What Are They? Should You Go?

With the ink just now dry on the National Letters of Intent for 2008, college coaches have rapidly turned their attention to the class of 2009. Throughout the country the more aggressive Division I staffs are now beginning to hold their first round of “Junior Days” or unofficial visits for prospects in the next recruiting class.
These programs take various shapes. Throughout February, schools usually try to schedule these programs around home basketball games to provide entertainment for prospects and their families. By NCAA rule, an unofficial visit is anytime a prospect and his parents visit a college campus at their own expense. Schools are not allowed to pay for travel expenses, hotel bills, or meals. The only entertainment allowed is three complimentary passes to each prospect and his family/friends—thus the need for a basketball game or other athletic contest. In warm weather states, spring baseball is also an option.
Usually this is the first opportunity for the junior prospects and coaches to get a look at each other. They wouldn’t have had an opportunity to legally meet unless the prospect had attended that university’s football camp the previous summer. Prospects and their parents will usually tour the campus, meet with counselors and learn about academic opportunities, and most importantly meet and talk with the coaching staff.
Later this spring, most universities will hold similar programs around their spring practices, particularly their spring game, and then again in the summer, usually a Saturday in June or July. This latter summer program may also be held just prior to a summer football camp session, providing a potential springboard to a prospect attending the school’s camp.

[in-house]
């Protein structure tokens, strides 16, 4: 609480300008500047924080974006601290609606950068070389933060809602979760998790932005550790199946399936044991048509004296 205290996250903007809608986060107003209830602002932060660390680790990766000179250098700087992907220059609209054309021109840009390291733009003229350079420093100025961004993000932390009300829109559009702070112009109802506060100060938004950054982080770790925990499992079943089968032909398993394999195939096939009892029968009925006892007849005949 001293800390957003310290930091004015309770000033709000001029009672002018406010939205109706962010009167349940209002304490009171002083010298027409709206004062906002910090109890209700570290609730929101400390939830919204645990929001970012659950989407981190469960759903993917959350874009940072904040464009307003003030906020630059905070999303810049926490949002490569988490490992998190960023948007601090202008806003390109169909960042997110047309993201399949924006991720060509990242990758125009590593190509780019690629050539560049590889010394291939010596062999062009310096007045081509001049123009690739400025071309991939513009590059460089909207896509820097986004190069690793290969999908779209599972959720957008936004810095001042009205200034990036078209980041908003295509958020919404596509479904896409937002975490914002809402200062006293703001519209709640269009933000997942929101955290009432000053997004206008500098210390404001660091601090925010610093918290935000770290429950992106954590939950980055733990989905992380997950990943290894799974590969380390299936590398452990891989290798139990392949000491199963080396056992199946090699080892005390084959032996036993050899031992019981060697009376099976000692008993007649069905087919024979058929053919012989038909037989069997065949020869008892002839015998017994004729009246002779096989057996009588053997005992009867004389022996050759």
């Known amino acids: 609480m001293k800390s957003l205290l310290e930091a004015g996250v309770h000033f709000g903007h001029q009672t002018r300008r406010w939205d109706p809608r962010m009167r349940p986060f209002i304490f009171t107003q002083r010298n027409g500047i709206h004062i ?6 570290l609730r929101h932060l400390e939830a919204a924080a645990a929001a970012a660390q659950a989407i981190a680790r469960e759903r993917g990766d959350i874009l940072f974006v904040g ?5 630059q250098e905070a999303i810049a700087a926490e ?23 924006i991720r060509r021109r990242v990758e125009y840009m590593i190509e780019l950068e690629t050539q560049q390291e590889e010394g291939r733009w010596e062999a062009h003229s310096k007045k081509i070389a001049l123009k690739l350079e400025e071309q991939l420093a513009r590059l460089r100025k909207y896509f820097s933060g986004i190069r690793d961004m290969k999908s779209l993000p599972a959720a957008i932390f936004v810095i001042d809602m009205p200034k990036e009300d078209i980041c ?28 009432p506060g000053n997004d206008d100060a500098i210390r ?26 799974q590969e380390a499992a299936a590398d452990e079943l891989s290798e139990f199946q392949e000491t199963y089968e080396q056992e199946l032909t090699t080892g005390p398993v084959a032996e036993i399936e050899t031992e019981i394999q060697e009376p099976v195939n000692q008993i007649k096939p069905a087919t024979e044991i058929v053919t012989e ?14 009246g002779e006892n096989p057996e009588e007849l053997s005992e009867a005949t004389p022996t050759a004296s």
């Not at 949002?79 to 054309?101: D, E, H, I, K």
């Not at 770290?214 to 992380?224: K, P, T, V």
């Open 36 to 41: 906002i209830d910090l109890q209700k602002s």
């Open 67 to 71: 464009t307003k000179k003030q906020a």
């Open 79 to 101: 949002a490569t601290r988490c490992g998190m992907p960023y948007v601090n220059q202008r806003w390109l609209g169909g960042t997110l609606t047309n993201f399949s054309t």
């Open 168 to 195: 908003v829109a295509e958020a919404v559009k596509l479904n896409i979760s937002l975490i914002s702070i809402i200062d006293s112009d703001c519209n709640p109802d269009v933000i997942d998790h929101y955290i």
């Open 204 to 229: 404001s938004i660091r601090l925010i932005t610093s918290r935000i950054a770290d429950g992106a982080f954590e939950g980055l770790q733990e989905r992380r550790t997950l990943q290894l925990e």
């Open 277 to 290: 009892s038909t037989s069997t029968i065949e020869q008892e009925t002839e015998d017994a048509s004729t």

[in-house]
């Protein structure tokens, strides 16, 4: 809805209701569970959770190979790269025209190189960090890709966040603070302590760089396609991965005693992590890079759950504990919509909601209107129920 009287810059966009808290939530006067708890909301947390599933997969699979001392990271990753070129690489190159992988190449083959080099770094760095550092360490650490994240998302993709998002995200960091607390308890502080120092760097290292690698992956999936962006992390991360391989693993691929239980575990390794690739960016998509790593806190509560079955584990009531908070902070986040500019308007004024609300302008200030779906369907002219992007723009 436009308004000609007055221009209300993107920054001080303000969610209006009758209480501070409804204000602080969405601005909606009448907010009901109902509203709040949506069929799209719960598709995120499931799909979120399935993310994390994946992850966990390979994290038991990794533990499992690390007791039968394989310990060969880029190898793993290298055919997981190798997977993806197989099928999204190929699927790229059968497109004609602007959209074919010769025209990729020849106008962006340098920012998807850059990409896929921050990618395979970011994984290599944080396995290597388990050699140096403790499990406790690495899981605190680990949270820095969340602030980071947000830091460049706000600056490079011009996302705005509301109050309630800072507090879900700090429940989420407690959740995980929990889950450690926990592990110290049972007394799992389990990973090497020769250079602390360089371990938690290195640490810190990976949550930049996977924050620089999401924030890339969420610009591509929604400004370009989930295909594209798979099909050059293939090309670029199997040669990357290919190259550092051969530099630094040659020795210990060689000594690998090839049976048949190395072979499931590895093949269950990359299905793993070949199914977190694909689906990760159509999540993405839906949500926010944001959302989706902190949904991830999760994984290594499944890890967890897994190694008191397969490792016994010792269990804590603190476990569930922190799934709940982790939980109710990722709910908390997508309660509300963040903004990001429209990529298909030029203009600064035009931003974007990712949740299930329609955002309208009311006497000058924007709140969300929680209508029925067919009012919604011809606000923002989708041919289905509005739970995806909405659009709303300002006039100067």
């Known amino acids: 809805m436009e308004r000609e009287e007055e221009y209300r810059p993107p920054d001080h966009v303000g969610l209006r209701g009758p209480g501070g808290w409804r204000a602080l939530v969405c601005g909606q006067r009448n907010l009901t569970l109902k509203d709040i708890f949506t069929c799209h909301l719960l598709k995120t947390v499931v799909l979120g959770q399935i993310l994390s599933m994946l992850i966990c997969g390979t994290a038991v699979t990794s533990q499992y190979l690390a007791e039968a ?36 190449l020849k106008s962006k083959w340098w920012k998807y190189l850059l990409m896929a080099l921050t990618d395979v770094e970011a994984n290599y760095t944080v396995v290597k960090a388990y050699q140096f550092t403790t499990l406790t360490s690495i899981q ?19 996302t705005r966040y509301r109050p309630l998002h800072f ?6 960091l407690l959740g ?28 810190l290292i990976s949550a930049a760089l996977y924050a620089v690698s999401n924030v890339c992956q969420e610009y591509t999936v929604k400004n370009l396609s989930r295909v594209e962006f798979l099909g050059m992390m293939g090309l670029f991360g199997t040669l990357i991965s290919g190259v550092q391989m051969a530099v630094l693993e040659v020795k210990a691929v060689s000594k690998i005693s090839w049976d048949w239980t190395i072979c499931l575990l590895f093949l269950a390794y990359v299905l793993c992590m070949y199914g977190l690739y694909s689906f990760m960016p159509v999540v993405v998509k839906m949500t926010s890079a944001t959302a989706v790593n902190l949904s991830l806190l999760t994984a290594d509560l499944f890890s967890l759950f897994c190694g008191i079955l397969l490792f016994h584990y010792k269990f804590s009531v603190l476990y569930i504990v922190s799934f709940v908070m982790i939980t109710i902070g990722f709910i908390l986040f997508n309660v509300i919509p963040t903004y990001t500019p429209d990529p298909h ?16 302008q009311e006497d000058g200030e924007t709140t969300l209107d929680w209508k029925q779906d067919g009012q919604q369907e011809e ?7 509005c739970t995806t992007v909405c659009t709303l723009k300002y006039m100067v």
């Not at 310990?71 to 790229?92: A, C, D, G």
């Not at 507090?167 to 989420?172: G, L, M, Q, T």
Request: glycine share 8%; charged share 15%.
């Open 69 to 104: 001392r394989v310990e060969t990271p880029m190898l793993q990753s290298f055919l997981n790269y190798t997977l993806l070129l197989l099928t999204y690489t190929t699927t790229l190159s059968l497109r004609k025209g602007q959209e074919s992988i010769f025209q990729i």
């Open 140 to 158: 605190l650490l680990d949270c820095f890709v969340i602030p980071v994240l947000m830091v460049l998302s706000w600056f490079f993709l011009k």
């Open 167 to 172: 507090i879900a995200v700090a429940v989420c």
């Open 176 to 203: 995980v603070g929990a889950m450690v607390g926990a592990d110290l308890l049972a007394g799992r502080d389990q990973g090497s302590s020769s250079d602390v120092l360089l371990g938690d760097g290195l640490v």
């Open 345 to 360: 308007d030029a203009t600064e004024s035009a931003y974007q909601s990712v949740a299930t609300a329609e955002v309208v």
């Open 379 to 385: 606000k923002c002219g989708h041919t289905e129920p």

By mid February many juniors have been receiving mail from universities. It is important for families to realize that just because they receive recruiting letters and propaganda for a university, that doesn’t necessarily mean that their son is being offered a scholarship. That simply means he is “on the list”. Most of the big time schools will be mailing similar materials to over a thousand prospects while they seek to learn more about them, evaluate tapes, talk to high school coaches, etc.

Here are some important points for prospects and their parents.

1. Fill out all questionnaires for all schools. It would be foolish at this point to cross anybody off your list, prior to receiving a scholarship offer. You just don’t know where your destiny as an athlete will take you.
2. Take the ACT/SAT test this spring. Try to take the test by at least March. That way you have a score when college coaches visit your high school this spring. You must have a test score for a college to accurately evaluate you academically. Don’t put all your eggs into one basket by waiting to take your initial test in the fall. Those fall tests are all on Saturday mornings and most players are playing a game either on Friday or Saturday. Peak performance is essential for taking the test and you don’t want to be hurting, tired, or distracted.
3. Make sure you have a backup plan. Take athletics out of the equation and make application to a couple of schools that you would attend if you weren’t an athlete. Know the requirements, know the application deadlines, and get admitted.
At this point a prospect that is receiving mail for a college football program is a name in a computer database. If the school has had an opportunity to watch videotape on the prospect, he now becomes a vision on a TV screen. What the prospect and coaches both want is to change that into a real-life vision. They both want to meet. Thus the importance of attending these unofficial visit/junior day programs.

One of the keys to successful recruiting is to maximize your face-to-face contact opportunities. If you are high school junior and you want to be recruited by a certain university, find a way to meet face-to-face with those coaches. By rule that can only happen on the college campus until next December, so don’t miss out on an opportunity to visit the school (s) of your choice. If your schedule doesn’t allow you to make one of these programs, create your own. Write a letter, make a phone call; get in the family vehicle and go.